Anyone who’s driven west down the length of Galveston’s Termini-San Luis Pass Road (FM 3005) has no doubt marveled at what most Galvestonians refer to as the Kettle House. A fixture on the island for roughly 50 years, the bowl-shaped steel structure with the lid-like roof has weathered everything from Hurricane Ike to legions of gawkers (both of the well-meaning and shady varieties). In fact, the steel beast has become an unofficial landmark that has delighted entire generations of islanders and travelers.
However, with few people seen coming or going from the property and its obvious vacant appearance, a cloak of whimsical mystery blankets the iconic structure. Nobody seems to know who built it or, more specifically, why. Was it intended to be a vacation home or storage building, or was it a real-estate boondoggle? Do people still — or did they ever — live in the structure? And for heaven’s sake, what does it look like on the inside?
Fueled by legends and creative imaginations, fanciful tales surrounding the property have sprung up like mosquitoes after a spring storm. Some say the building floated to the island via a mysterious unmanned barge. Others claim a farmer recycled an old silo top to craft a vacation home. Still others say it’s alien space junk. But somehow, over the years, nobody has completely pulled back that cloak — until now.
In a recent interview, Mary Etheridge-Rachels, the current owner who also had a hand in building the Kettle House, set the record straight about its origin, purpose, and current condition. Plus, she shed some light on the unassuming, hard-working man who brought this one-of-a-kind structure to life — and inadvertently set us all atingle on our drive down the 3005.
Skill, Hard Work, and Happenstance
According to Etheridge-Rachels, the Kettle House was built by her father, Clayton E. Stokley, in the late 1960s. Born in Alabama in the early 1920s, Stokley served in the U.S. Army during WWII and received the Silver Star, Gold Star, and Purple Heart medals during his service. After he returned from the war, he worked as a welder in Alabama’s shipyards. Ultimately, he married, and he and his wife Patsy Lou relocated to Pasadena, TX, where he began work at Todd Shipyards Corp. of Houston. While he honed his already above-average welding skills, Patsy Lou was busy at home with their three boys and one girl, i.e., Mary Nell Stokley (aka Mary Etheridge-Rachels).
Soon, however, a job opportunity arose at Graver Tank & Manufacturing Co. Inc. in Pasadena, and Stokley jumped at the chance to shift his welding skills into another arena and work a bit closer to his wife and kids. Graver Tank manufactures massive steel tanks that are often used for oil storage, and at the time, the firm just so happened to offer employees a special deal on steel; specifically, workers could buy steel products at cost.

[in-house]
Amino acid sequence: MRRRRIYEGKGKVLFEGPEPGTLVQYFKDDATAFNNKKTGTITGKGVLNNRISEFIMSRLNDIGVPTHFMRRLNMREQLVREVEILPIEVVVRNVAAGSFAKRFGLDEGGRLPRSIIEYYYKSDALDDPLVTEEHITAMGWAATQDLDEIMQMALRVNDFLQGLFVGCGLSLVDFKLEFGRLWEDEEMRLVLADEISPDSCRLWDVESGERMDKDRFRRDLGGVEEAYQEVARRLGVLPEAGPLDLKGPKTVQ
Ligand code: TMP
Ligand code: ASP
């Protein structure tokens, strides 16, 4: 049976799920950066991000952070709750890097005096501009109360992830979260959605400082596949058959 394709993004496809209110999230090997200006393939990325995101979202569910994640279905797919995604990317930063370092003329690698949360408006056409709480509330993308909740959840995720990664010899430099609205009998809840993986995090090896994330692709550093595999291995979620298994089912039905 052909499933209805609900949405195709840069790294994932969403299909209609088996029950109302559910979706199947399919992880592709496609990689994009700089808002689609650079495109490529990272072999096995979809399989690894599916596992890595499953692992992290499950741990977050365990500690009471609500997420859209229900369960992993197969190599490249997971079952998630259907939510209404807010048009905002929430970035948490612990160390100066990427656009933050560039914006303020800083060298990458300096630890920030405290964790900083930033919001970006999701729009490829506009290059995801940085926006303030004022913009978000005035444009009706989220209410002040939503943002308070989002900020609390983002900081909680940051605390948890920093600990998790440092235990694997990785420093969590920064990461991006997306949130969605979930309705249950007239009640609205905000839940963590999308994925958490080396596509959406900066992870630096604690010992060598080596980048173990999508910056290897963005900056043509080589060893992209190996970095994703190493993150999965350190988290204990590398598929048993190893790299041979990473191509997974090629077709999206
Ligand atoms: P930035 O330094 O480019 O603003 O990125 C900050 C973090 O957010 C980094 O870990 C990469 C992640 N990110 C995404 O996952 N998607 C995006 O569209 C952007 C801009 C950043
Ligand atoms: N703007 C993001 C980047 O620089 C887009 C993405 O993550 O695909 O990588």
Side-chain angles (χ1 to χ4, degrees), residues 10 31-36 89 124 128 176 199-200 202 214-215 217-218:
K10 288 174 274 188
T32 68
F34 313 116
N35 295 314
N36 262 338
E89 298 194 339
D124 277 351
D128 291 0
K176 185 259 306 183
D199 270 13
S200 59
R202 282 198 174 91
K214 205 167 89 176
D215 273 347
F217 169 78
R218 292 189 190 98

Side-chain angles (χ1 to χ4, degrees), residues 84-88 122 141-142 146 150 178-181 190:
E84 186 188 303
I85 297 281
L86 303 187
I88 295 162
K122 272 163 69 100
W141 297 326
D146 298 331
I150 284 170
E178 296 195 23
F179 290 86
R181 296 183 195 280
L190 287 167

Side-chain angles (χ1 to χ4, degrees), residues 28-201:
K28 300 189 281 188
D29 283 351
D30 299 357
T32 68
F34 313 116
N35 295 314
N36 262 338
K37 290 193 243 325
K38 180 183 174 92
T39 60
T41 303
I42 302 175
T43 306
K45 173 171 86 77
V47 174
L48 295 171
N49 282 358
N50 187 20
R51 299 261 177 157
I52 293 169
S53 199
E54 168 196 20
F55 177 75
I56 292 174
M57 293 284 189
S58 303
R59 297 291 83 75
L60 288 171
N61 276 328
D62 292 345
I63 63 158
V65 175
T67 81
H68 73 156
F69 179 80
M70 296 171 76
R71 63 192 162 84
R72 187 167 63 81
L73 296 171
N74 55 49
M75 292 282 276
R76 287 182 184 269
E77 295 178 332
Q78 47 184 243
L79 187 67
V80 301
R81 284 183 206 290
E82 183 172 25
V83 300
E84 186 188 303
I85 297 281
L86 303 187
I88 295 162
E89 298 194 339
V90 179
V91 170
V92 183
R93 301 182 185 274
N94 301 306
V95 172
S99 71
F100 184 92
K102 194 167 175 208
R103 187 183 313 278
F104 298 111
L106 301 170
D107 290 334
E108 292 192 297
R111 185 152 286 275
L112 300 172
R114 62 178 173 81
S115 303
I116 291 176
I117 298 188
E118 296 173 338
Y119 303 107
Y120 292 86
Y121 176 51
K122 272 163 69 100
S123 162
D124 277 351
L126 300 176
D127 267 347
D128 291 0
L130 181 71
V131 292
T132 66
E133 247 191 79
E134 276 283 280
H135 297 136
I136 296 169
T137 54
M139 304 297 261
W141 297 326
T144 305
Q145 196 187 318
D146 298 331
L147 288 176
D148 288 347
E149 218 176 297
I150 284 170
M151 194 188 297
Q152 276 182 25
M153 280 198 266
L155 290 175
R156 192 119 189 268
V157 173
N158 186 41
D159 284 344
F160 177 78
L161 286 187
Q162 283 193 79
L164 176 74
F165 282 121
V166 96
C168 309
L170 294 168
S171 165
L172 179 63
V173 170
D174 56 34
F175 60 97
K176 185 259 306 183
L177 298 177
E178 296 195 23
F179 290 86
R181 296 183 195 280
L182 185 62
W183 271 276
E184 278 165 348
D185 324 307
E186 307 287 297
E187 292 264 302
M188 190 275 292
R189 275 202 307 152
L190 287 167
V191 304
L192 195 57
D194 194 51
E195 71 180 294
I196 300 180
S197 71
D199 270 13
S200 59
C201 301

Now keep in mind, Stokley wasn’t your average nine-to-five Joe. This fellow had ambition — and according to his daughter, a keen sense of humor and killer work ethic. “My dad was my idol,” Etheridge-Rachels says. “He always believed in helping people around him, and he taught us kids about the value of honesty. He also loved to tell jokes, but he’d die laughing before he could get to the punch line. And of course, Dad was a hard worker. He loved to fish but hardly got the chance because he was always working, and he eventually became the shop foreman at Graver.”
Being named shop foreman is no easy feat, but Stokley didn’t stop there. He found a clever way to put Graver’s employee discount to use. “My dad took various steel tanks and tank parts from Graver and created stores out of them throughout the Houston area,” Etheridge-Rachels says. “He ended up with three different ‘tank’ businesses: a convenience and liquor store on Navigation Street, a convenience store on Harrisburg, and a nightclub off 45 and highway 646.”
Not surprisingly, then, around the late ‘60s this welder-slash-entrepreneur set his sights on another store, this time located on land at 1410 Miramar Drive in Galveston. And it just so happened that right about the time he had this island-based inkling, a very unusual structure became available at Graver Tank. “Graver had created a massive sphere for a client made out of three-eighths-inch steel,” Etheridge-Rachels says. “However, the deal fell through, and Graver was left with this giant, hollow, steel ball. So my dad bought it and decided he’d build a convenience and liquor store on the island.” And, as they say, the rest is history.
Not Quite Kettled In
So contrary to popular folklore, the Kettle House wasn’t shipped in on a barge, it didn’t wash up on shore, and it wasn’t dropped from a UFO. “We broke it down into parts and shipped the whole thing to Galveston on an 18 wheeler,” Etheridge-Rachels says. “Then my dad and everyone he could find — myself, my brothers, my mom, our uncles, our cousins, distant relatives, and friends — went down there on the weekends to construct the building ourselves.”